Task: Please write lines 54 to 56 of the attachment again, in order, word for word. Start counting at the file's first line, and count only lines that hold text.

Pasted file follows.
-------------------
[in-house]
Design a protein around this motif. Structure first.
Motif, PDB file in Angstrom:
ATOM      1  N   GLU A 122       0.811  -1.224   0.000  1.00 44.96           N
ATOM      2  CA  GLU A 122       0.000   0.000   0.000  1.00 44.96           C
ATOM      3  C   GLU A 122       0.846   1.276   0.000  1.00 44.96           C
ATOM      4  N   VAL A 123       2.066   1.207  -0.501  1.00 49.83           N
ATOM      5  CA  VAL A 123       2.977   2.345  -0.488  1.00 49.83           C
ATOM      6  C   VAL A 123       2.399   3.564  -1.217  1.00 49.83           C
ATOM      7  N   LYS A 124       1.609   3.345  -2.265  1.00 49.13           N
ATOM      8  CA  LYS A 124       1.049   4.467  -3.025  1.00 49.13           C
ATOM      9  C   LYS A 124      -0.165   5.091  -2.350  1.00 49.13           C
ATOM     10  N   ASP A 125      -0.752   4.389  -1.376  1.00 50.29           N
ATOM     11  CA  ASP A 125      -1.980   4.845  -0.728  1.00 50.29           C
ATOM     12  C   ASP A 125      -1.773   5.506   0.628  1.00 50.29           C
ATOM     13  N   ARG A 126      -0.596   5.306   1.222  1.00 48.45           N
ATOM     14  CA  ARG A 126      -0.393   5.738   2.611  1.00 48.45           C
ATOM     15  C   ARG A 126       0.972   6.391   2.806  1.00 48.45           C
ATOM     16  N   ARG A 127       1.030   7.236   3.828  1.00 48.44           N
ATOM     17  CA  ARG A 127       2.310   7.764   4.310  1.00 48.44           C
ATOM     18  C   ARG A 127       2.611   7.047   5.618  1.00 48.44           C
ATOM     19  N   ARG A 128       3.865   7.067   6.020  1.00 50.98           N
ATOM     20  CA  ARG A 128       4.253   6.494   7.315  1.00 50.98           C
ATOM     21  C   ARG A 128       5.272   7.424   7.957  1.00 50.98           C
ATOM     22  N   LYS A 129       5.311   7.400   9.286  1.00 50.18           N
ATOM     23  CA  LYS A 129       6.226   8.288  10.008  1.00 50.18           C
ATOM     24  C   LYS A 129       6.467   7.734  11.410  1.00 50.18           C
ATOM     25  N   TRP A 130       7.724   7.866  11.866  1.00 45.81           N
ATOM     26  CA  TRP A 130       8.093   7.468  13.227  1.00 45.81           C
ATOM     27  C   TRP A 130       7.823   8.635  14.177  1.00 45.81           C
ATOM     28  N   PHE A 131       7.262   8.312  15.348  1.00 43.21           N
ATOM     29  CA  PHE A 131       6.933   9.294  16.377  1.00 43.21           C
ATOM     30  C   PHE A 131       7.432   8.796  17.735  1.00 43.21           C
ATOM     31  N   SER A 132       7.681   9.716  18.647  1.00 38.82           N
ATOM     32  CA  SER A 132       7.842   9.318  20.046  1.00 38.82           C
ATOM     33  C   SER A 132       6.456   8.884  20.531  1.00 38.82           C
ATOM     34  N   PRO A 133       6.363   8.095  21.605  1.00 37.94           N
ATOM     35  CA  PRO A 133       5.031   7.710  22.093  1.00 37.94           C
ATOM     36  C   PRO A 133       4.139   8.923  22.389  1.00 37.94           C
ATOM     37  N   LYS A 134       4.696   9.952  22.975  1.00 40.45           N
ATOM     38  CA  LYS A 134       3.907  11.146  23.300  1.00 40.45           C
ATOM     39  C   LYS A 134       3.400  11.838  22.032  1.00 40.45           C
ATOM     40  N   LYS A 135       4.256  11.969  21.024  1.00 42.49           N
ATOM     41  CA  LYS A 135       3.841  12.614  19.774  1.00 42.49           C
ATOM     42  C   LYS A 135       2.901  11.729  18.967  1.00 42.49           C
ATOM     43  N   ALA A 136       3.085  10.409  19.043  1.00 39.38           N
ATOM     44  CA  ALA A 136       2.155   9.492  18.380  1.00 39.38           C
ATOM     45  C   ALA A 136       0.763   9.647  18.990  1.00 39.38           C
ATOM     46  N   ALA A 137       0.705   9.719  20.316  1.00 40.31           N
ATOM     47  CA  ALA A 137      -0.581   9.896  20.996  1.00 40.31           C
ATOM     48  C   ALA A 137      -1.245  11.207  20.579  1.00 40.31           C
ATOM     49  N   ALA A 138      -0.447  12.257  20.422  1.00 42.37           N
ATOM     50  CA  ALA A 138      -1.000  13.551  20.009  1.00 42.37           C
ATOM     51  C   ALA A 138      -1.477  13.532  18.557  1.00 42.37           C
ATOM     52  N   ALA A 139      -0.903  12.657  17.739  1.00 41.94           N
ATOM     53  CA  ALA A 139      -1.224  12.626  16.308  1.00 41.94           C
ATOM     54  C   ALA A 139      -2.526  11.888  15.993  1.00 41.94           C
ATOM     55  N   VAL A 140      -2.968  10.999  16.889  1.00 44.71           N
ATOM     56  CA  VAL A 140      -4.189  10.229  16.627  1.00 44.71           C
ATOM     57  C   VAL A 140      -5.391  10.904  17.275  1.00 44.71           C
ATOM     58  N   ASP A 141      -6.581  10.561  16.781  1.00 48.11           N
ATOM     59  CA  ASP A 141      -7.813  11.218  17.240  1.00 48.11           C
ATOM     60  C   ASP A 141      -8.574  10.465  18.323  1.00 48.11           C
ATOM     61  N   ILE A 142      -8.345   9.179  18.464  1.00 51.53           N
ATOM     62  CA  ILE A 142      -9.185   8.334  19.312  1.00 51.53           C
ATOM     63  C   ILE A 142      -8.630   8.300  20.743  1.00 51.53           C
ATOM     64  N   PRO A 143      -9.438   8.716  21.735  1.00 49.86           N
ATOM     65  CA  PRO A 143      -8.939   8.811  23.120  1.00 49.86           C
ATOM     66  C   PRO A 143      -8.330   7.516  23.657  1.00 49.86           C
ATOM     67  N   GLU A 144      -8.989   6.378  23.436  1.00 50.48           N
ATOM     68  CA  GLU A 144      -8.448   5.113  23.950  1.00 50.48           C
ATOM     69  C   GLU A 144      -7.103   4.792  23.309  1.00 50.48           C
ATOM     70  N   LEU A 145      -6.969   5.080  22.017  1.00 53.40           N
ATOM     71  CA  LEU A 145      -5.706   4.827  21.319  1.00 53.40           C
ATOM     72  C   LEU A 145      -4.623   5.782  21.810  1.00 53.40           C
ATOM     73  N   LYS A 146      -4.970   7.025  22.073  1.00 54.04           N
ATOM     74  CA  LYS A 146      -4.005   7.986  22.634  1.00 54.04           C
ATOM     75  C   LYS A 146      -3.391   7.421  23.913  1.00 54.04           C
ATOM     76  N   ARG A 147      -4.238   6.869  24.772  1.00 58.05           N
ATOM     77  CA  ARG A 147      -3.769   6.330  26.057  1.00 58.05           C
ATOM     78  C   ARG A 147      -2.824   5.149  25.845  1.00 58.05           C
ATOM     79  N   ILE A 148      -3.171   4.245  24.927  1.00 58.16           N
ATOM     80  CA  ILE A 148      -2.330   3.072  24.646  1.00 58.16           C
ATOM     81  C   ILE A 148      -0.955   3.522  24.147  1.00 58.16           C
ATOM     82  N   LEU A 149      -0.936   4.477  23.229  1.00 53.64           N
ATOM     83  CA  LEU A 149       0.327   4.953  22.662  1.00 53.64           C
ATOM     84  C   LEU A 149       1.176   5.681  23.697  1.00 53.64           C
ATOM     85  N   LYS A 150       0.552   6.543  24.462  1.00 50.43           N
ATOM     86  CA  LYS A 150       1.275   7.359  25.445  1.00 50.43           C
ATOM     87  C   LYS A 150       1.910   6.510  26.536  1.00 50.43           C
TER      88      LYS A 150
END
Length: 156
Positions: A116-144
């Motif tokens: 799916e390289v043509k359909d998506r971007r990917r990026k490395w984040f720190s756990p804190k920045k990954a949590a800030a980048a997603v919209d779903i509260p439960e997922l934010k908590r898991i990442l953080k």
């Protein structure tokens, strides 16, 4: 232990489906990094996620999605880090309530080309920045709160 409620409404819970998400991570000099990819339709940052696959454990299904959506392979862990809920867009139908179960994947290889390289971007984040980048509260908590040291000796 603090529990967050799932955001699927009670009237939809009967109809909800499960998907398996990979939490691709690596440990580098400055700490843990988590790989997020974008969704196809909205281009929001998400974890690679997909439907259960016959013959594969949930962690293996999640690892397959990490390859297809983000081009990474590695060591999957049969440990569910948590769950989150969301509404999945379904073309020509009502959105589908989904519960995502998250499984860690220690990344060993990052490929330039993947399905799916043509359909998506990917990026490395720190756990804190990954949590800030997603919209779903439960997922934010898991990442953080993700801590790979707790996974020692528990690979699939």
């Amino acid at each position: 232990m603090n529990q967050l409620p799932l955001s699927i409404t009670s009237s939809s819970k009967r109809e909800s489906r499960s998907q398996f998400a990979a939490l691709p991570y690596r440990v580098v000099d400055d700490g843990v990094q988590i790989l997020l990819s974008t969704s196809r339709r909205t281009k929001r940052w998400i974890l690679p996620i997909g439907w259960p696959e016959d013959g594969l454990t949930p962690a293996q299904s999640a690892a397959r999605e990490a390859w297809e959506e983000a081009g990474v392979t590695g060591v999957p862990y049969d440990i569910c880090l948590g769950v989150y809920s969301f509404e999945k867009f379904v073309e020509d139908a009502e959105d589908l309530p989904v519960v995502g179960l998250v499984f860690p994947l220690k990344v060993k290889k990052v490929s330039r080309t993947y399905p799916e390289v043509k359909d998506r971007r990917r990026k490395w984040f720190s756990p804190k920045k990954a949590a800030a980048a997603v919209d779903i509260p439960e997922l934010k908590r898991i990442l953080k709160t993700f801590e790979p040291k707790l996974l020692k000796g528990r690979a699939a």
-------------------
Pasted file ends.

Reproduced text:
ATOM     51  C   ALA A 138      -1.477  13.532  18.557  1.00 42.37           C
ATOM     52  N   ALA A 139      -0.903  12.657  17.739  1.00 41.94           N
ATOM     53  CA  ALA A 139      -1.224  12.626  16.308  1.00 41.94           C